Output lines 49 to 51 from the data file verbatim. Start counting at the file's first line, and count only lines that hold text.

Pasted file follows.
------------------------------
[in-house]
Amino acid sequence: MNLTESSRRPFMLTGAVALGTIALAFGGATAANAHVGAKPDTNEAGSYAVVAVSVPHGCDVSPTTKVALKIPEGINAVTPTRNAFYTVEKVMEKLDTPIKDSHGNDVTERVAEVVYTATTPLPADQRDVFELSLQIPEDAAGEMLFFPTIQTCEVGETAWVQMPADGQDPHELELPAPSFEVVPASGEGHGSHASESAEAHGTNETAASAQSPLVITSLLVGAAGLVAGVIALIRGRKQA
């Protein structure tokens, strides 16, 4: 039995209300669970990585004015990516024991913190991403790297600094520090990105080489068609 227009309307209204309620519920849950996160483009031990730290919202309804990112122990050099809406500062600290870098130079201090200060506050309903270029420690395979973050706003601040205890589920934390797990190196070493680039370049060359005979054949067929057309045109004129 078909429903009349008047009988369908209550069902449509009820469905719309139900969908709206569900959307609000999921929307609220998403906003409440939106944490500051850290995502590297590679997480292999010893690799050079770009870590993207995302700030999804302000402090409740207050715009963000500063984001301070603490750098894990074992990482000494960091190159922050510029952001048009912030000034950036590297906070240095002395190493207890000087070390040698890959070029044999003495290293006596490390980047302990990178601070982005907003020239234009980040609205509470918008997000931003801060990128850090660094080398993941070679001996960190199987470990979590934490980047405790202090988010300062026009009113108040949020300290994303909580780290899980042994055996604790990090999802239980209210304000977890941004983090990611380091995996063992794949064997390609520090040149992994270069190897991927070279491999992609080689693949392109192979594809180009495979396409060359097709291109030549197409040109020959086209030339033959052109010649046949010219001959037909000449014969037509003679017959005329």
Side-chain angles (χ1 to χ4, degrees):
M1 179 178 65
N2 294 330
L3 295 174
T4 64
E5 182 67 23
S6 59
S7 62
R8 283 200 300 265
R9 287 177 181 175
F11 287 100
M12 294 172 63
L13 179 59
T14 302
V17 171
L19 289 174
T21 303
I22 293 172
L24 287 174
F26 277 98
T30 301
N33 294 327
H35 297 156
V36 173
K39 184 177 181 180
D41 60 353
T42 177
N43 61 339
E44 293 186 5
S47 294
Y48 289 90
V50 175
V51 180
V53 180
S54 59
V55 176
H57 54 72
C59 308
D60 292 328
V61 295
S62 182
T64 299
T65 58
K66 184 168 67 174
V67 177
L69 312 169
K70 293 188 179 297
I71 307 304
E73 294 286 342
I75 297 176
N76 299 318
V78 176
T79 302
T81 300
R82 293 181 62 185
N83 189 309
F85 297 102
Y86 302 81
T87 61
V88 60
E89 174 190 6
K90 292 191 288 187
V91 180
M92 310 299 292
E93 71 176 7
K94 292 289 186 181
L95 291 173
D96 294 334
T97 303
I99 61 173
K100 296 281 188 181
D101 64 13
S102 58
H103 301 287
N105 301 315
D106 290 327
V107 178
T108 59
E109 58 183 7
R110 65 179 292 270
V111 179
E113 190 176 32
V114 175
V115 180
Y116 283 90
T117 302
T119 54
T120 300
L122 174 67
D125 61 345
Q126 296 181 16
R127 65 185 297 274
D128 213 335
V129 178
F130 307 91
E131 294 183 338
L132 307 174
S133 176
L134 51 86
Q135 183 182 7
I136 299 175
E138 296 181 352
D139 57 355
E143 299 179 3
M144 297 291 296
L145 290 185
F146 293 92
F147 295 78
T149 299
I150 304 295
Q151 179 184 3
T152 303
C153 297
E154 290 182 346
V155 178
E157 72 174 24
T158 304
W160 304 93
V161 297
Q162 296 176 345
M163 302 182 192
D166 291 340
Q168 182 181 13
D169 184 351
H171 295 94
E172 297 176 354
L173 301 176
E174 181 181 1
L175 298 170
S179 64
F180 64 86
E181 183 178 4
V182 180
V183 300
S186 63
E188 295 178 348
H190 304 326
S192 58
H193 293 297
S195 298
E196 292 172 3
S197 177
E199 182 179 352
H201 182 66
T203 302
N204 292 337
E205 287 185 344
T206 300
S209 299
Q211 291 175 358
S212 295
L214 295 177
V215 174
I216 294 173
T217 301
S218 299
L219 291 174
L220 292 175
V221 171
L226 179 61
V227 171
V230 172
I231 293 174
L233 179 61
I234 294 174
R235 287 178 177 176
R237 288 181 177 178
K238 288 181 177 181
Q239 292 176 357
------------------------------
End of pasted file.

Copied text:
L69 312 169
K70 293 188 179 297
I71 307 304